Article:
From Helsinki to Hanoi.

Author:Servas, Susan
 
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Every year UNU-WIDER hosts a number of PhD interns and young scholars from around the world who participate in the different research and professional development activities of the Institute. As part of the UNU-WIDER series 'Advice to Early Career Researchers', Susan Servas (SS) from UNU-WIDER's Knowledge Services spoke with economist and former UNU-WIDER Research Fellow, Aziz Karimov (AK), who shared highlights of his experience as a young researcher at the Institute and his next steps at the International Livestock Research institute (ILRI) in Hanoi, Vietnam.

SS: How did you come to know about UNU-WIDER? What were your first impressions?

AK: I first came to UNU-WIDER for the PhD Internship Programme in 2011 as I was completing my postgraduate studies at the Center for Development Research (ZEF), Bonn University, Germany. My doctoral thesis focused on the applied economics of agricultural production systems of Uzbekistan, my home country. I was so impressed with the research environment and support I got from colleagues at the Institute that I was thrilled to be subsequently selected for a post as Research Fellow.

Making the transition from PhD studies to career research was an incredible learning experience for me. I discovered that a graduate student, or someone undertaking their PhD, may demonstrate tremendous research skills but can easily lose their compass when moving from a purely academic to a professional setting. In my case, as an early career researcher at UNU-WIDER I was introduced to the full range of challenges of being part of a vibrant research programme--from research to project management, collaborating with international research teams and engaging with experts from various disciplines.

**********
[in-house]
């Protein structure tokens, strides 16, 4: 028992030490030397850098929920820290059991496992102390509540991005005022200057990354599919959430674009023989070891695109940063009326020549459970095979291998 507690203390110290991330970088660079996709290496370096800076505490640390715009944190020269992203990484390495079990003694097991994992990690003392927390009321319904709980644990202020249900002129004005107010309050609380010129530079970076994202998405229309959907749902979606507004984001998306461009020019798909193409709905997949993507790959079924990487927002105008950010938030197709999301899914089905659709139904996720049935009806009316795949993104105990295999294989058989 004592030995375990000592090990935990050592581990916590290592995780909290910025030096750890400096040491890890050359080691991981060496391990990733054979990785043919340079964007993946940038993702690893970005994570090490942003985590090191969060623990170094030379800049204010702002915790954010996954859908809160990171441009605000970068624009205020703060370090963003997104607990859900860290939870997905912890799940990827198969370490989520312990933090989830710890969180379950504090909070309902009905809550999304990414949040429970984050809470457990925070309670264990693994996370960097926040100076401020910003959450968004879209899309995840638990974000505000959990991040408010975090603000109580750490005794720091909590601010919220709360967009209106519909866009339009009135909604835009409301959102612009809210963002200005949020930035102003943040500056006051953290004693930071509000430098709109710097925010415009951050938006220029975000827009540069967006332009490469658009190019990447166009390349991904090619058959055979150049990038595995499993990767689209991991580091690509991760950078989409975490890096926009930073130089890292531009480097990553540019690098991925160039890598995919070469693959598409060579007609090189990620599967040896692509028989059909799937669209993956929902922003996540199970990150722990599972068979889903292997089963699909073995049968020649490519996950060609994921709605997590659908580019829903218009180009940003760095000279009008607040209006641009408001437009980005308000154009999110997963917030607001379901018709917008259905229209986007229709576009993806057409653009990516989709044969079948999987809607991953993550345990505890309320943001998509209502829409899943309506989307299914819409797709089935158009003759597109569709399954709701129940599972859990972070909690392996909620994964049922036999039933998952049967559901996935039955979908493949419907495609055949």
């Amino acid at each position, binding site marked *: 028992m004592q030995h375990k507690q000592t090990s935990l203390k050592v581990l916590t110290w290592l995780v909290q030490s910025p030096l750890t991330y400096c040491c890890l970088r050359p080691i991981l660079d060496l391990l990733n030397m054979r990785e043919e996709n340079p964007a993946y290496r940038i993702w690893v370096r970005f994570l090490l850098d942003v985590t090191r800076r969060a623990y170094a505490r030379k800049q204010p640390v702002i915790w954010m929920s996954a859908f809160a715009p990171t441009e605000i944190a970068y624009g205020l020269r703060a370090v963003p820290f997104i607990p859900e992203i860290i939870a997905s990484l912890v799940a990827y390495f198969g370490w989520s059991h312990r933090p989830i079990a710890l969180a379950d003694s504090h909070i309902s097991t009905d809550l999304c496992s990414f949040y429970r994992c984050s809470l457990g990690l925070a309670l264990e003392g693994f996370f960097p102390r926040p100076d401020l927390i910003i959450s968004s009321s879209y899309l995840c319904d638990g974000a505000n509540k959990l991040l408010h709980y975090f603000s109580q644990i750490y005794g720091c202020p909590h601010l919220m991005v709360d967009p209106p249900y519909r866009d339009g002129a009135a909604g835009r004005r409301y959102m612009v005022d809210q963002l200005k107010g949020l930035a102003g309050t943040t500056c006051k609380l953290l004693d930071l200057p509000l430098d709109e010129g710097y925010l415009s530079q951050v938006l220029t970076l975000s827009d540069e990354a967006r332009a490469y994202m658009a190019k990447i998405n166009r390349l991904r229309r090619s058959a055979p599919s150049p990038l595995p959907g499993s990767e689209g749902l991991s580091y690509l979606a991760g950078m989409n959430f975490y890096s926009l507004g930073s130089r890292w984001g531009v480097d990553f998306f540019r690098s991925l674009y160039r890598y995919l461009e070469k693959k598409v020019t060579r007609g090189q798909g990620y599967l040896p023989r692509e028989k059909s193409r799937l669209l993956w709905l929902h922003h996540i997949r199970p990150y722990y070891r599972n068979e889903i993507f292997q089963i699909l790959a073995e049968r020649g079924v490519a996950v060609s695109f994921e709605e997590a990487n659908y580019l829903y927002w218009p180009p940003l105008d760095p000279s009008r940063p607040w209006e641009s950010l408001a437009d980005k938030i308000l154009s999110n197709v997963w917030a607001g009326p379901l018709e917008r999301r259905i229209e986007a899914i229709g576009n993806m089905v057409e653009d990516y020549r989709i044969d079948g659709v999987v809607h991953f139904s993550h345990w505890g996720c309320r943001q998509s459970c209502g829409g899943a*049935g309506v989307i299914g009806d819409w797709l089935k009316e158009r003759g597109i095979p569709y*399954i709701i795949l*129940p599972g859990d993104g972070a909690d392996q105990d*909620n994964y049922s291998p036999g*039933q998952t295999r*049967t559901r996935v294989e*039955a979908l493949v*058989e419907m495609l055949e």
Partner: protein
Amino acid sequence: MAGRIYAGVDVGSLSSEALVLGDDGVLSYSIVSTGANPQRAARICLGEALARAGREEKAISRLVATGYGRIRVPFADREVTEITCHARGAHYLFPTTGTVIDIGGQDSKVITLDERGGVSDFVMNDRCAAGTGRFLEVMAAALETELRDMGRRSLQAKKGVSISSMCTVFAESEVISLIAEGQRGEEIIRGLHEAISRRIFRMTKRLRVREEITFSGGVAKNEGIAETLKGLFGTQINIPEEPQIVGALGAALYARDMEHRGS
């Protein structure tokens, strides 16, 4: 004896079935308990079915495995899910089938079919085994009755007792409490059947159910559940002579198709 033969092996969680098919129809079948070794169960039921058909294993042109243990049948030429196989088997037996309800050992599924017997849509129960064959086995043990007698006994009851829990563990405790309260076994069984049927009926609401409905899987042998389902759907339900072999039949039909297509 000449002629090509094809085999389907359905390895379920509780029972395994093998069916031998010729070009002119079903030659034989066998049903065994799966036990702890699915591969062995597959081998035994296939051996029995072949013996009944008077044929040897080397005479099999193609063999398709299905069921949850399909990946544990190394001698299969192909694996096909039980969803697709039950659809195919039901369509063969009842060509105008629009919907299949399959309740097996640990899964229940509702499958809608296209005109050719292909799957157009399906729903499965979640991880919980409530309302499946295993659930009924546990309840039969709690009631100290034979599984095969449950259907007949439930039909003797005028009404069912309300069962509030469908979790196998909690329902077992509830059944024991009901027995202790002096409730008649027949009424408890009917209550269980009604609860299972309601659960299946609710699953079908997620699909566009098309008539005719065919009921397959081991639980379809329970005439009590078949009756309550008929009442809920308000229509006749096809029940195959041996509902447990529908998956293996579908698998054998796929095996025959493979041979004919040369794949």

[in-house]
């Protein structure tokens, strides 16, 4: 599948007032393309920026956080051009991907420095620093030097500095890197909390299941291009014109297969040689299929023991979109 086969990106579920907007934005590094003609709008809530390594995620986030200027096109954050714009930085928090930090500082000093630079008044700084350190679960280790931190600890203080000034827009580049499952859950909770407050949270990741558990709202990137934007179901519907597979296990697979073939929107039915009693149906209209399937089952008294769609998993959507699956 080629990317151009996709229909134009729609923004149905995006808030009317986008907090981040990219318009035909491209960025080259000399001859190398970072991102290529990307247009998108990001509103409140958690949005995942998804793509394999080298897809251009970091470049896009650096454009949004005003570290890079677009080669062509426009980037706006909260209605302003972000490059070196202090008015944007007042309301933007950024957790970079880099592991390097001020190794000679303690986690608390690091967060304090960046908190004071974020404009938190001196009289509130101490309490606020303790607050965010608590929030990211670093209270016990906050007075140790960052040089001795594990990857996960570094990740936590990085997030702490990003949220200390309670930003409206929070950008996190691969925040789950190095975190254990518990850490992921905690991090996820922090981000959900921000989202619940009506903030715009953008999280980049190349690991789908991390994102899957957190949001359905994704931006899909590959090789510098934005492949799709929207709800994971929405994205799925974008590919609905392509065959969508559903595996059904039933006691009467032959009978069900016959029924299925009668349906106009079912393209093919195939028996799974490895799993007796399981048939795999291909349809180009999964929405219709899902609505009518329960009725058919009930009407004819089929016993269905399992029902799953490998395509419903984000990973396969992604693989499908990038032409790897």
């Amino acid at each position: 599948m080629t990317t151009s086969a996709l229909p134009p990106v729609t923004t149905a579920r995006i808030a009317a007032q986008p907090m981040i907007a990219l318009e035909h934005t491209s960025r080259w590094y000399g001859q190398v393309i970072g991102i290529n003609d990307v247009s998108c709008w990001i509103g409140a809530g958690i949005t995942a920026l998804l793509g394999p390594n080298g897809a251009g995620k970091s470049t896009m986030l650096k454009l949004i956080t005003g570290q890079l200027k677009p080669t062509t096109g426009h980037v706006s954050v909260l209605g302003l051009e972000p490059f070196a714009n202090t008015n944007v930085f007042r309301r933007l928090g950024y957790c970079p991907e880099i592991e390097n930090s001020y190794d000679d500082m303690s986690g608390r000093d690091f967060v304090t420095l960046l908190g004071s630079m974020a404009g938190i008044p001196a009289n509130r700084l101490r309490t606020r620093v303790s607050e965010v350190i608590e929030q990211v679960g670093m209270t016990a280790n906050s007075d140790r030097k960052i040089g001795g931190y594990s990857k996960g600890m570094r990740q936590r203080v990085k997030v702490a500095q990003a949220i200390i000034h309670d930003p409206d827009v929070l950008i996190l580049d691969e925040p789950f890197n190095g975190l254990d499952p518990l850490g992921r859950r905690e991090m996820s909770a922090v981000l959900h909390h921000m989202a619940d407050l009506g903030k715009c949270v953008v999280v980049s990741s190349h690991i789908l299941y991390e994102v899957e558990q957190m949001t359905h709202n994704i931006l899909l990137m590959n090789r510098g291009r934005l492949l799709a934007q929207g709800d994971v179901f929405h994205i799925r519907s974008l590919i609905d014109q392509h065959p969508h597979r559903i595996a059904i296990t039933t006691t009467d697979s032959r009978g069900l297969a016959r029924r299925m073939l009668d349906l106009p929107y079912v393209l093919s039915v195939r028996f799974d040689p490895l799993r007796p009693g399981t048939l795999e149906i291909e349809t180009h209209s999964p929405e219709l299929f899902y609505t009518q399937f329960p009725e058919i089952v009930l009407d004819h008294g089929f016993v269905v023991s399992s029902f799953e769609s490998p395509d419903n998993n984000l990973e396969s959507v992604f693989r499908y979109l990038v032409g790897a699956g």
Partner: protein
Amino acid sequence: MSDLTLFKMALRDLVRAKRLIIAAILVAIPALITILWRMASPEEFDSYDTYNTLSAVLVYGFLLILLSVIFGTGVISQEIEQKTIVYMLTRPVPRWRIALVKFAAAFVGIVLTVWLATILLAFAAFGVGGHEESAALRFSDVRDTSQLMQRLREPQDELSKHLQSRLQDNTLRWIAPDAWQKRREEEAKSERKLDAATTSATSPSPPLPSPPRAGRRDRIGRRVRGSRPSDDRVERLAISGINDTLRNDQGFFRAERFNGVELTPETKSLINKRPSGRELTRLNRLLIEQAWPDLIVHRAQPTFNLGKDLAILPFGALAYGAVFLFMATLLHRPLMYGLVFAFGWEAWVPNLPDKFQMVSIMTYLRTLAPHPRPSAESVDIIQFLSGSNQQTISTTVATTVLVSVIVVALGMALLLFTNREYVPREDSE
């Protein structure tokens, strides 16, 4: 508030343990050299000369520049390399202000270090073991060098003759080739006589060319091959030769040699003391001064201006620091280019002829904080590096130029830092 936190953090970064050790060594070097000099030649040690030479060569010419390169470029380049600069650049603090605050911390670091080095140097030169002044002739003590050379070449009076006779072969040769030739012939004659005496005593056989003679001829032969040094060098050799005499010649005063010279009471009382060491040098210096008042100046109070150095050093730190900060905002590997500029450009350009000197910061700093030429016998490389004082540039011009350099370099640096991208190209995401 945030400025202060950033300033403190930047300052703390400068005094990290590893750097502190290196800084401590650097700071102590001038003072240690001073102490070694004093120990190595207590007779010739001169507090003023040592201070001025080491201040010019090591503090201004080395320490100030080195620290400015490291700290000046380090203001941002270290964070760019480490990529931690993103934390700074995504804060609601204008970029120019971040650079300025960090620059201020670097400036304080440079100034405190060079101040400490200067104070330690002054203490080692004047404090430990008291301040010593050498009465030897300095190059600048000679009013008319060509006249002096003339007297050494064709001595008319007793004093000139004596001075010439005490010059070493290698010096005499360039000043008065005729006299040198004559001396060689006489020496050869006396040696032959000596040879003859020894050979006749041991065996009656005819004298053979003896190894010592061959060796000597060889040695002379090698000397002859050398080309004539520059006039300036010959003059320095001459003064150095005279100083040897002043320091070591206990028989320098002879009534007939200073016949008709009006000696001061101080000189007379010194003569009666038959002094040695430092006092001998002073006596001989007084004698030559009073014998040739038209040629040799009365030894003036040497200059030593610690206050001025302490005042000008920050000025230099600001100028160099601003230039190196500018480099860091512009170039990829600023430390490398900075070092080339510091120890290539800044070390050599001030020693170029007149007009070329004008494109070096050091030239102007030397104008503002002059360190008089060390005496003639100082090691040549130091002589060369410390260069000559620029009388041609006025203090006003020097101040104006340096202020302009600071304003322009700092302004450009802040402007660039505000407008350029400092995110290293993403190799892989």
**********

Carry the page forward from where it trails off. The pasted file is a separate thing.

SS: What advice would you give to other early career researchers?

AK:

Learn to communicate to multiple stakeholders

One highlight of my experience at UNU-WIDER was being involved on the environment and climate change theme of the ReCom (Research and Communication of Foreign Aid) programme. It introduced me to the concept of research impact and the importance of making research actionable to different stakeholders, such as policy makers, who can influence development in their contexts.

  1. In my area of research, I have to interact with many stakeholders including other researchers and experts such as agronomists, engineers, hydrologists, etc. When I was at UNU-WIDER, part of my work was also to interact with and lecture students on topics...

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